bank will start attracting deposits from banks, which will
provide us with an extra tool for regulating money supply. Our
chief criteria in selecting deposits will be the interest rate
that banks charge and because the risks involved are slim, the
deposits will be low-return ones.

We are also set to grant overnight loans whenever banks
experience short-term money straits.

Q: How much will you charge for using overnight loans?

A: All I can tell is that refinancing rates on overnight loans
will be higher than the NBM's regular interest rates.

Q: What was the NBM's income in 2000?

A: We paid 386 million lei on the state budget in the first nine
months of 2000 and we will soon pay 60 million lei earned in the
last quarter.

Q: Did you earmark any of your to raise the bank's statutory

A: By January 2001 our statutory fund grew by 25 million lei, to
75 million. By July 1 2001 it will total 100 million.

Q: How far can you be expected to cut interest rates on loans,
considering that inflation was forecast at 10 percent for 2001?

A: I believe the cut will average 5 percent. But deposit yields
and interest rates will set on a soft and smooth downward trend,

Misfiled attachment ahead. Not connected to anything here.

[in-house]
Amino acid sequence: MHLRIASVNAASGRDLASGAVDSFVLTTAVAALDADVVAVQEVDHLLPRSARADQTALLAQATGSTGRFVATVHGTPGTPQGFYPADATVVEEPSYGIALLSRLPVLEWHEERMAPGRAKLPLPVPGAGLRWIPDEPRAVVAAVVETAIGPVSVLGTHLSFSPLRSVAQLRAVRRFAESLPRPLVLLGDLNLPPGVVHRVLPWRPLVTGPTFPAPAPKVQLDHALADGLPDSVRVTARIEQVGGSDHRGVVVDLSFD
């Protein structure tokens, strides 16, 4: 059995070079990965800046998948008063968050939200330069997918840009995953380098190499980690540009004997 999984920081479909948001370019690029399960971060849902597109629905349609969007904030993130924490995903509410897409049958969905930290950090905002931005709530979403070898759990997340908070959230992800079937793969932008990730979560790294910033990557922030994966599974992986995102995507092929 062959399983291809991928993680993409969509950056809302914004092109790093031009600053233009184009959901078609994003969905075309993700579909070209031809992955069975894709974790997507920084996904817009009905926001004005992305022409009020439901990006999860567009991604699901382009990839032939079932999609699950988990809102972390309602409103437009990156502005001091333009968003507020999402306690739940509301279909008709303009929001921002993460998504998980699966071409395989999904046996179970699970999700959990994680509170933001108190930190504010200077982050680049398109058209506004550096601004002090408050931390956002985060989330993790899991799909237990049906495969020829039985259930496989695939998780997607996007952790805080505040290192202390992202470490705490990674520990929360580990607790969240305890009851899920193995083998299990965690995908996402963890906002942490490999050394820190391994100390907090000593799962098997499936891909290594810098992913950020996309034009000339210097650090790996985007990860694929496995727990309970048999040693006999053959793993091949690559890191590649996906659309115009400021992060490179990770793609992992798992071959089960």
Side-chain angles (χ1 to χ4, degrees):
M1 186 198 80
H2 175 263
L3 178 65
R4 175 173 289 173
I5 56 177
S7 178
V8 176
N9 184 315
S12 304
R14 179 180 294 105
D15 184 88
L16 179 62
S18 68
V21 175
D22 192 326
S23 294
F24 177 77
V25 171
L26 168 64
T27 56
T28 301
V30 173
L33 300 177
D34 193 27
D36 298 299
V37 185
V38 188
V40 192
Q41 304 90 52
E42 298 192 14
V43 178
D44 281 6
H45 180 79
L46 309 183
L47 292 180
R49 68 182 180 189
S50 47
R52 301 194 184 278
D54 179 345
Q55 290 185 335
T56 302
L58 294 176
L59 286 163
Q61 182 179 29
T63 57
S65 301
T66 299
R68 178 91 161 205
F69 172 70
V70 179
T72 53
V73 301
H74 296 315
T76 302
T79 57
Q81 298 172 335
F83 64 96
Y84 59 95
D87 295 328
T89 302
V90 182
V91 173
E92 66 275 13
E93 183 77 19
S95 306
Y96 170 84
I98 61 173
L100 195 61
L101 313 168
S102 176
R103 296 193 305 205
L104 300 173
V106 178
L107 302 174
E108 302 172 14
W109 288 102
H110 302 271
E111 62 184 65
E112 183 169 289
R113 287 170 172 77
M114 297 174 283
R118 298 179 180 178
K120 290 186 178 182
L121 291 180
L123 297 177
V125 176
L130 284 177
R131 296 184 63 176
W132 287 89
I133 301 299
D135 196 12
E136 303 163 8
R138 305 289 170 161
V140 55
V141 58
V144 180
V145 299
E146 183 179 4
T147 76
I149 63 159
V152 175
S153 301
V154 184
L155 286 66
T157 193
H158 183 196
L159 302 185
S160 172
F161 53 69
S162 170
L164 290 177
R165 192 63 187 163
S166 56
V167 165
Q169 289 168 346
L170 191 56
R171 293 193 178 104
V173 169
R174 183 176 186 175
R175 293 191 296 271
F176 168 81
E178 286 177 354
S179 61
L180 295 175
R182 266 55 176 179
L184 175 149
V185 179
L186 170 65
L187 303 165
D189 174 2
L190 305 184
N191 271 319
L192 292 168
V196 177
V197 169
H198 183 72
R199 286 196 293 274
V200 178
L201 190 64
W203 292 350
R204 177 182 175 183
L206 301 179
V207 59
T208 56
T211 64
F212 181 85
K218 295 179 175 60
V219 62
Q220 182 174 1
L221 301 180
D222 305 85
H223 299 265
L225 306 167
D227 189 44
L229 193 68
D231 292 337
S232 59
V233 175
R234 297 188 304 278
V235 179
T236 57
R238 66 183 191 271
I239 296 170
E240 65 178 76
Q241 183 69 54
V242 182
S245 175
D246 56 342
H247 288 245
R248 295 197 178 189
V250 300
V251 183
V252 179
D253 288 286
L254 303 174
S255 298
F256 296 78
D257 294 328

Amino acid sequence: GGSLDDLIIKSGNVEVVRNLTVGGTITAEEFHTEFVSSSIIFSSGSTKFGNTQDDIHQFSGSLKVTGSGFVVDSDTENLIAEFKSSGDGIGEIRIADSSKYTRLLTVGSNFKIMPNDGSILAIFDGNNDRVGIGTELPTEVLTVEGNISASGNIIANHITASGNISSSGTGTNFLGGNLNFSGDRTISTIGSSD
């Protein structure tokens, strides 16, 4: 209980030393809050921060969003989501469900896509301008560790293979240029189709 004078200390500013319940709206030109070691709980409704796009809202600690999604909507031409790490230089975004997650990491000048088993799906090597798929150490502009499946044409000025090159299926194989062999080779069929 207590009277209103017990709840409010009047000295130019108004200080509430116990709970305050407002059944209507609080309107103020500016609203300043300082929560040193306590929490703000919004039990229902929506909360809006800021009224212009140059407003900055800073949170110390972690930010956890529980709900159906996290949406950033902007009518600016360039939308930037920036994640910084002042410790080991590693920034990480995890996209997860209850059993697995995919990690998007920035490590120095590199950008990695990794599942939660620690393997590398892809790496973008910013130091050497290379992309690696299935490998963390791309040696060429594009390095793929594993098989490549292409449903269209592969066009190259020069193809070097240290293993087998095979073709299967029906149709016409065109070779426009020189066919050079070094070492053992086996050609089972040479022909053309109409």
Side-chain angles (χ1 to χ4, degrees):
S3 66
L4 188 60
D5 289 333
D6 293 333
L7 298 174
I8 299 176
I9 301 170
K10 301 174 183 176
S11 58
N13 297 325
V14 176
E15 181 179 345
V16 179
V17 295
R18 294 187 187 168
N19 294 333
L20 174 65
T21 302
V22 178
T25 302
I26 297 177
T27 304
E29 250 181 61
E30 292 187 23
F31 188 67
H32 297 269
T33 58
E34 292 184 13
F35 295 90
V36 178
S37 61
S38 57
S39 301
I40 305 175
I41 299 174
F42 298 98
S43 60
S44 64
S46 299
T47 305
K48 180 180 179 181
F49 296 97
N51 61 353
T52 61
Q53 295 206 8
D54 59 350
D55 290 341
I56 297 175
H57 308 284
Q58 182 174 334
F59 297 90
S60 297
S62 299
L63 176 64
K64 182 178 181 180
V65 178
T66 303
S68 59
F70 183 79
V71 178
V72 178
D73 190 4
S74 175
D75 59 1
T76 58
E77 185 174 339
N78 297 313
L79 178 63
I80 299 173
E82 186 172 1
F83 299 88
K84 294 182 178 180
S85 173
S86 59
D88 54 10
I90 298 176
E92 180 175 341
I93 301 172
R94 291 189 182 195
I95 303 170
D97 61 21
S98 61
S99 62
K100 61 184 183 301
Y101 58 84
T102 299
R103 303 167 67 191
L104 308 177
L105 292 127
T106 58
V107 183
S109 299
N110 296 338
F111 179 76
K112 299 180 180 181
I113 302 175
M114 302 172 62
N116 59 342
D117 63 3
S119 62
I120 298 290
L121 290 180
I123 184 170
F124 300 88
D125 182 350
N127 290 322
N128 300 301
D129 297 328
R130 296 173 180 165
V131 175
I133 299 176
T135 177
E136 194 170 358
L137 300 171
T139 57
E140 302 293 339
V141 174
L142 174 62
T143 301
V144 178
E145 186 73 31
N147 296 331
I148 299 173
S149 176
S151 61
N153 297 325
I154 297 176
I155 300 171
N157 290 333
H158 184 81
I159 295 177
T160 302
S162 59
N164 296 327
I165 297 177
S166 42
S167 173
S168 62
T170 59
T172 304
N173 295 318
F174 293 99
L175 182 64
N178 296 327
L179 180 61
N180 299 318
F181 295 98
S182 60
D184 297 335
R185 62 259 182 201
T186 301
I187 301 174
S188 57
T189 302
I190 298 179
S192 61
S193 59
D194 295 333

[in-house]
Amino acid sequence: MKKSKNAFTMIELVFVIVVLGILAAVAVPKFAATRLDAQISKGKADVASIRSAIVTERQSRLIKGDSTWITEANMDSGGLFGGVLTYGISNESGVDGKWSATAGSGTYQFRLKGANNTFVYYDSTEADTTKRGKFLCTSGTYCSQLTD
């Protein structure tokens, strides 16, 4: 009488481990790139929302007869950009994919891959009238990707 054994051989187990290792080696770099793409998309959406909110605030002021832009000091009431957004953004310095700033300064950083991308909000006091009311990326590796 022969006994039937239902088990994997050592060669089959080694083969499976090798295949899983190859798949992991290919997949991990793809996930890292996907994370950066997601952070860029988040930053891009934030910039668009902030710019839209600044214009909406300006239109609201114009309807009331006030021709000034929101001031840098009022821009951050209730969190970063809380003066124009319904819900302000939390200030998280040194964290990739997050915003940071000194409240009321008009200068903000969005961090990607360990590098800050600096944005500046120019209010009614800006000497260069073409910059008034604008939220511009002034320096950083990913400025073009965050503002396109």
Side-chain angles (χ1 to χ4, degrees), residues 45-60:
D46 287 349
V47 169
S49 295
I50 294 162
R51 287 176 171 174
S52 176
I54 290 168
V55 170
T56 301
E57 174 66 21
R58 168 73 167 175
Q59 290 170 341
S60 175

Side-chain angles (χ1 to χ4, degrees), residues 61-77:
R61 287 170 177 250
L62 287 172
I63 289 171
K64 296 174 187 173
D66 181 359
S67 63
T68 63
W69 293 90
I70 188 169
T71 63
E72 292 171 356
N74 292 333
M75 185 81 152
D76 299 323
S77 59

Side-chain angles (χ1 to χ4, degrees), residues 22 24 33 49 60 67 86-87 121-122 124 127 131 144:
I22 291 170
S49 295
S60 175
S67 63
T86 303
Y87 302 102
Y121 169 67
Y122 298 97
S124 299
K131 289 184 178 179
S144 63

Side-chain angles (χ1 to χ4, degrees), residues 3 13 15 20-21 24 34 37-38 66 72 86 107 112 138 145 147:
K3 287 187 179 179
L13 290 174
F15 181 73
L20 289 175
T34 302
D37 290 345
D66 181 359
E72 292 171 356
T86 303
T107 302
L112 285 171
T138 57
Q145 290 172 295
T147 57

because privately-owned banks cannot just bring down their
interest rates out of nothing. It should be down in parallel
with lowering deposit yields.

Q: That is to say, by late 2001 interest rates might average 28
percent p.a. and deposits will yield 18-20 percent p.a.?

A: Well, this is rather accurate an estimate. Banks should
always follow our releases. Our forecasting annual inflation at
10 percent should make banks' leaderships reflect on what course
of action to adopt in the coming year.

P.S. If shareholders opt to raise bank's capital twice in a
relatively short period of time, there is little doubt that the
bank will fail to show healthy profit for a while. Therefore,
those banks that spent much of their time in 2000 struggling to
meet capital requirements are unlikely to show sound dividends
this year. Nevertheless, the National Bank is determined to push
on its consolidation of bank capital.

In 2001 the NBM may hand out just one new banking license, to
MEC bank whose statutory fund would reportedly total $5 million.

In late 2000 the IMF reduced from 4.5 percent to 0.5 percent the
interest rate on the loans it injected into the National Bank of